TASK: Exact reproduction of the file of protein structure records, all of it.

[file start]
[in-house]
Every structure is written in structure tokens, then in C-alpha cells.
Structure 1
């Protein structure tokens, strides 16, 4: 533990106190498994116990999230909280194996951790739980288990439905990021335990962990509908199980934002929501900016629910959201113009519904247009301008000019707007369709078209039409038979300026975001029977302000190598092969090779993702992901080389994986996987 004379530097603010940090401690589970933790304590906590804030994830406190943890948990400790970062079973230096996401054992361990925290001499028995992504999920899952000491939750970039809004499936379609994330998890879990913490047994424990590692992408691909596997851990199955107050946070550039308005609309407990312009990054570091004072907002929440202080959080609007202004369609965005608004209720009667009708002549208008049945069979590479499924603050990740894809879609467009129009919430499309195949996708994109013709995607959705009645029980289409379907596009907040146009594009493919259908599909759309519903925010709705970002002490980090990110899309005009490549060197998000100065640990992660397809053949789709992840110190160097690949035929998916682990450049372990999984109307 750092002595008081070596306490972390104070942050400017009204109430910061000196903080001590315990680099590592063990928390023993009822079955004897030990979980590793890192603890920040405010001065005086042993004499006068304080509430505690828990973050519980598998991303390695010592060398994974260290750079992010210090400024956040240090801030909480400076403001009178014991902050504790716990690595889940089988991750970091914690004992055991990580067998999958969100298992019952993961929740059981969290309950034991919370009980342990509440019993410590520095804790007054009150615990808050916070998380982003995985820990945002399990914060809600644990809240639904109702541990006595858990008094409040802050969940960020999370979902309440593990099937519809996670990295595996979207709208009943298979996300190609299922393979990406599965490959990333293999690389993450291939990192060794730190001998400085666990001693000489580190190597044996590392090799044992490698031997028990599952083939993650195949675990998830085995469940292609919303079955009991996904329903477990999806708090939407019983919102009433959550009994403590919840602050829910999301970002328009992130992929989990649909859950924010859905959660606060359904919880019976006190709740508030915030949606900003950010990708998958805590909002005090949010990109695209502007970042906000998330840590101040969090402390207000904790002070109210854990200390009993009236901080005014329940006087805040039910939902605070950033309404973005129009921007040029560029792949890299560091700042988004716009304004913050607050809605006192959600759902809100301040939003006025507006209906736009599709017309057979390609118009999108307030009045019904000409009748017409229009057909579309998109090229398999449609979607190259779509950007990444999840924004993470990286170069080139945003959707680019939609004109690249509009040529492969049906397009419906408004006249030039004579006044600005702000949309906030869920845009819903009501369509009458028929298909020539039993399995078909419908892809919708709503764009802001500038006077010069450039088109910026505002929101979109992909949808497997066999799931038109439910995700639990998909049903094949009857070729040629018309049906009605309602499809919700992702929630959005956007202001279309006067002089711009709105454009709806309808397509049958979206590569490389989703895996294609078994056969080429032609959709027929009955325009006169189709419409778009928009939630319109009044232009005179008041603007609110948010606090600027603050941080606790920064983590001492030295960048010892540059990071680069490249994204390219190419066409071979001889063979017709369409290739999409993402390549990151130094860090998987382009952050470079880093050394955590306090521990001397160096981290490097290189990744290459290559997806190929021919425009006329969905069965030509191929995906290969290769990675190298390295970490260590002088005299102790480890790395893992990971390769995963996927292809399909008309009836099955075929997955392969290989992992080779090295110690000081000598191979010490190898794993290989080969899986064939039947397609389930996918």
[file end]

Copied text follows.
[in-house]
Every structure is written in structure tokens, then in C-alpha cells.
Structure 1
């Protein structure tokens, strides 16, 4: 533990106190498994116990999230909280194996951790739980288990439905990021335990962990509908199980934002929501900016629910959201113009519904247009301008000019707007369709078209039409038979300026975001029977302000190598092969090779993702992901080389994986996987 004379530097603010940090401690589970933790304590906590804030994830406190943890948990400790970062079973230096996401054992361990925290001499028995992504999920899952000491939750970039809004499936379609994330998890879990913490047994424990590692992408691909596997851990199955107050946070550039308005609309407990312009990054570091004072907002929440202080959080609007202004369609965005608004209720009667009708002549208008049945069979590479499924603050990740894809879609467009129009919430499309195949996708994109013709995607959705009645029980289409379907596009907040146009594009493919259908599909759309519903925010709705970002002490980090990110899309005009490549060197998000100065640990992660397809053949789709992840110190160097690949035929998916682990450049372990999984109307 750092002595008081070596306490972390104070942050400017009204109430910061000196903080001590315990680099590592063990928390023993009822079955004897030990979980590793890192603890920040405010001065005086042993004499006068304080509430505690828990973050519980598998991303390695010592060398994974260290750079992010210090400024956040240090801030909480400076403001009178014991902050504790716990690595889940089988991750970091914690004992055991990580067998999958969100298992019952993961929740059981969290309950034991919370009980342990509440019993410590520095804790007054009150615990808050916070998380982003995985820990945002399990914060809600644990809240639904109702541990006595858990008094409040802050969940960020999370979902309440593990099937519809996670990295595996979207709208009943298979996300190609299922393979990406599965490959990333293999690389993450291939990192060794730190001998400085666990001693000489580190190597044996590392090799044992490698031997028990599952083939993650195949675990998830085995469940292609919303079955009991996904329903477990999806708090939407019983919102009433959550009994403590919840602050829910999301970002328009992130992929989990649909859950924010859905959660606060359904919880019976006190709740508030915030949606900003950010990708998958805590909002005090949010990109695209502007970042906000998330840590101040969090402390207000904790002070109210854990200390009993009236901080005014329940006087805040039910939902605070950033309404973005129009921007040029560029792949890299560091700042988004716009304004913050607050809605006192959600759902809100301040939003006025507006209906736009599709017309057979390609118009999108307030009045019904000409009748017409229009057909579309998109090229398999449609979607190259779509950007990444999840924004993470990286170069080139945003959707680019939609004109690249509009040529492969049906397009419906408004006249030039004579006044600005702000949309906030869920845009819903009501369509009458028929298909020539039993399995078909419908892809919708709503764009802001500038006077010069450039088109910026505002929101979109992909949808497997066999799931038109439910995700639990998909049903094949009857070729040629018309049906009605309602499809919700992702929630959005956007202001279309006067002089711009709105454009709806309808397509049958979206590569490389989703895996294609078994056969080429032609959709027929009955325009006169189709419409778009928009939630319109009044232009005179008041603007609110948010606090600027603050941080606790920064983590001492030295960048010892540059990071680069490249994204390219190419066409071979001889063979017709369409290739999409993402390549990151130094860090998987382009952050470079880093050394955590306090521990001397160096981290490097290189990744290459290559997806190929021919425009006329969905069965030509191929995906290969290769990675190298390295970490260590002088005299102790480890790395893992990971390769995963996927292809399909008309009836099955075929997955392969290989992992080779090295110690000081000598191979010490190898794993290989080969899986064939039947397609389930996918």